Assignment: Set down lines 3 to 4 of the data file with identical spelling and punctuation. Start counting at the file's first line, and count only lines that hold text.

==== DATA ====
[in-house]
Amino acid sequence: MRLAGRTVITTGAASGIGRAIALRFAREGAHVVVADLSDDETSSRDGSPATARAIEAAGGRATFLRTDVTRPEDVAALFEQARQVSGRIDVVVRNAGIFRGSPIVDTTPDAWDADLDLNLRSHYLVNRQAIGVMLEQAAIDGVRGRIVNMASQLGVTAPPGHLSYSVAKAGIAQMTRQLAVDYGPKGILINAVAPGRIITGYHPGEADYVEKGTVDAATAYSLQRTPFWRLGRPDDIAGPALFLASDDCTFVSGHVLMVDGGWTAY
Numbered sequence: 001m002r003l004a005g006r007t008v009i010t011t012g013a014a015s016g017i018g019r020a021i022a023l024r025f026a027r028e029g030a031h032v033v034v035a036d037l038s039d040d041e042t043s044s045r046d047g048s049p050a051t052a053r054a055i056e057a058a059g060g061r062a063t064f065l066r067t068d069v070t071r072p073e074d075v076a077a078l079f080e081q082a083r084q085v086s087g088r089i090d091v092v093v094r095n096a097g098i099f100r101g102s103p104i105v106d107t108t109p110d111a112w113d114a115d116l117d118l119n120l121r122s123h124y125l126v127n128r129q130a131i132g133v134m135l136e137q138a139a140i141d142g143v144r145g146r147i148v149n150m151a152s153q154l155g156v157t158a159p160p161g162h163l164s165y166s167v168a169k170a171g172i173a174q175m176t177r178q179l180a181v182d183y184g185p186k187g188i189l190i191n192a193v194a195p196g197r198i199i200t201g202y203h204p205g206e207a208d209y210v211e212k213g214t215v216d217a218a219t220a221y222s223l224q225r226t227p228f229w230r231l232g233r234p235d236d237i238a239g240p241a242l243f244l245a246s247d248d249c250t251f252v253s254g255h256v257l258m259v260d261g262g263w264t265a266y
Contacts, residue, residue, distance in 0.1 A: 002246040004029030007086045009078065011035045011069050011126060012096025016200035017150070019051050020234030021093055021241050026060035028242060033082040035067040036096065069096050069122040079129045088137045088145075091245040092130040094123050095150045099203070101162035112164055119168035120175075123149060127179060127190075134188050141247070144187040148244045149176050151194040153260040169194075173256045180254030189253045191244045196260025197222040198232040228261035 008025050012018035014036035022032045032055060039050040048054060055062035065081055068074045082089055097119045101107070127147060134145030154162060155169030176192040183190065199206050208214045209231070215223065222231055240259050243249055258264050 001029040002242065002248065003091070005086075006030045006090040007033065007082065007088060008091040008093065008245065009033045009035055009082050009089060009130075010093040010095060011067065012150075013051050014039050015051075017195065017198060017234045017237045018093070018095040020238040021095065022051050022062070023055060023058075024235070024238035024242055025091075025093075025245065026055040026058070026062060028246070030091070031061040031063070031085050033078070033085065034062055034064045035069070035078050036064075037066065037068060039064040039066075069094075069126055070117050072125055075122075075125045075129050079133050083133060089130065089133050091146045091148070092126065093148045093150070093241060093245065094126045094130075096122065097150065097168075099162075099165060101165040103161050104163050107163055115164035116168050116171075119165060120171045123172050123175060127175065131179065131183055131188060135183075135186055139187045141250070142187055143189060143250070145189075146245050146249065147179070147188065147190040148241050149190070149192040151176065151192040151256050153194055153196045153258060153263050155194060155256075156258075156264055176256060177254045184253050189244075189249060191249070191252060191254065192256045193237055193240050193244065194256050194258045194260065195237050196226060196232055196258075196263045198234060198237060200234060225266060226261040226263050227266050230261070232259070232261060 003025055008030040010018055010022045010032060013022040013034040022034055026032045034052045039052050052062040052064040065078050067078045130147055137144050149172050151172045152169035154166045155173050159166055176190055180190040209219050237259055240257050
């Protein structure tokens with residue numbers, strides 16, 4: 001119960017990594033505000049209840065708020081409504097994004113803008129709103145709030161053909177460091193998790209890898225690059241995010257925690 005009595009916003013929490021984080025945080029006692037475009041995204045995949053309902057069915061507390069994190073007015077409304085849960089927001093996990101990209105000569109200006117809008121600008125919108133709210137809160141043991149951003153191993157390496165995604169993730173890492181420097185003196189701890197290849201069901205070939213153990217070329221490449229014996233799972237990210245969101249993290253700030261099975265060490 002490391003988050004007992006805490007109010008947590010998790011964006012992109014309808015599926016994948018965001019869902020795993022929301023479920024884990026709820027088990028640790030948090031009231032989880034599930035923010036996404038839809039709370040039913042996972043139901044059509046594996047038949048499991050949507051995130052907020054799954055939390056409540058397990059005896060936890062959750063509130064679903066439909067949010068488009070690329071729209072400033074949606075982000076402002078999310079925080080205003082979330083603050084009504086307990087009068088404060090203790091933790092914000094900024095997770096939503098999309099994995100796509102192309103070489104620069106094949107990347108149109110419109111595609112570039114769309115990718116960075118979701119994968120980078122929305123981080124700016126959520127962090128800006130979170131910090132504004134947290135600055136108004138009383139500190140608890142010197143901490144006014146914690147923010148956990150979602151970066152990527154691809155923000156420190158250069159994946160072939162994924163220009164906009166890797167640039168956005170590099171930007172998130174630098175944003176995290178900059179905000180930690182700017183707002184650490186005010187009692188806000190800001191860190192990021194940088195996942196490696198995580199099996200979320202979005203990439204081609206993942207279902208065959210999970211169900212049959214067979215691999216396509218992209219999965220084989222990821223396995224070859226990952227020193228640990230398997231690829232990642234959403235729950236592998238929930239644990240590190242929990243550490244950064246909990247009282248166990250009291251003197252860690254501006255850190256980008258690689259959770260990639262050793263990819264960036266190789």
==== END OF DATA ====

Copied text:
Numbered sequence: 001m002r003l004a005g006r007t008v009i010t011t012g013a014a015s016g017i018g019r020a021i022a023l024r025f026a027r028e029g030a031h032v033v034v035a036d037l038s039d040d041e042t043s044s045r046d047g048s049p050a051t052a053r054a055i056e057a058a059g060g061r062a063t064f065l066r067t068d069v070t071r072p073e074d075v076a077a078l079f080e081q082a083r084q085v086s087g088r089i090d091v092v093v094r095n096a097g098i099f100r101g102s103p104i105v106d107t108t109p110d111a112w113d114a115d116l117d118l119n120l121r122s123h124y125l126v127n128r129q130a131i132g133v134m135l136e137q138a139a140i141d142g143v144r145g146r147i148v149n150m151a152s153q154l155g156v157t158a159p160p161g162h163l164s165y166s167v168a169k170a171g172i173a174q175m176t177r178q179l180a181v182d183y184g185p186k187g188i189l190i191n192a193v194a195p196g197r198i199i200t201g202y203h204p205g206e207a208d209y210v211e212k213g214t215v216d217a218a219t220a221y222s223l224q225r226t227p228f229w230r231l232g233r234p235d236d237i238a239g240p241a242l243f244l245a246s247d248d249c250t251f252v253s254g255h256v257l258m259v260d261g262g263w264t265a266y
Contacts, residue, residue, distance in 0.1 A: 002246040004029030007086045009078065011035045011069050011126060012096025016200035017150070019051050020234030021093055021241050026060035028242060033082040035067040036096065069096050069122040079129045088137045088145075091245040092130040094123050095150045099203070101162035112164055119168035120175075123149060127179060127190075134188050141247070144187040148244045149176050151194040153260040169194075173256045180254030189253045191244045196260025197222040198232040228261035 008025050012018035014036035022032045032055060039050040048054060055062035065081055068074045082089055097119045101107070127147060134145030154162060155169030176192040183190065199206050208214045209231070215223065222231055240259050243249055258264050 001029040002242065002248065003091070005086075006030045006090040007033065007082065007088060008091040008093065008245065009033045009035055009082050009089060009130075010093040010095060011067065012150075013051050014039050015051075017195065017198060017234045017237045018093070018095040020238040021095065022051050022062070023055060023058075024235070024238035024242055025091075025093075025245065026055040026058070026062060028246070030091070031061040031063070031085050033078070033085065034062055034064045035069070035078050036064075037066065037068060039064040039066075069094075069126055070117050072125055075122075075125045075129050079133050083133060089130065089133050091146045091148070092126065093148045093150070093241060093245065094126045094130075096122065097150065097168075099162075099165060101165040103161050104163050107163055115164035116168050116171075119165060120171045123172050123175060127175065131179065131183055131188060135183075135186055139187045141250070142187055143189060143250070145189075146245050146249065147179070147188065147190040148241050149190070149192040151176065151192040151256050153194055153196045153258060153263050155194060155256075156258075156264055176256060177254045184253050189244075189249060191249070191252060191254065192256045193237055193240050193244065194256050194258045194260065195237050196226060196232055196258075196263045198234060198237060200234060225266060226261040226263050227266050230261070232259070232261060 003025055008030040010018055010022045010032060013022040013034040022034055026032045034052045039052050052062040052064040065078050067078045130147055137144050149172050151172045152169035154166045155173050159166055176190055180190040209219050237259055240257050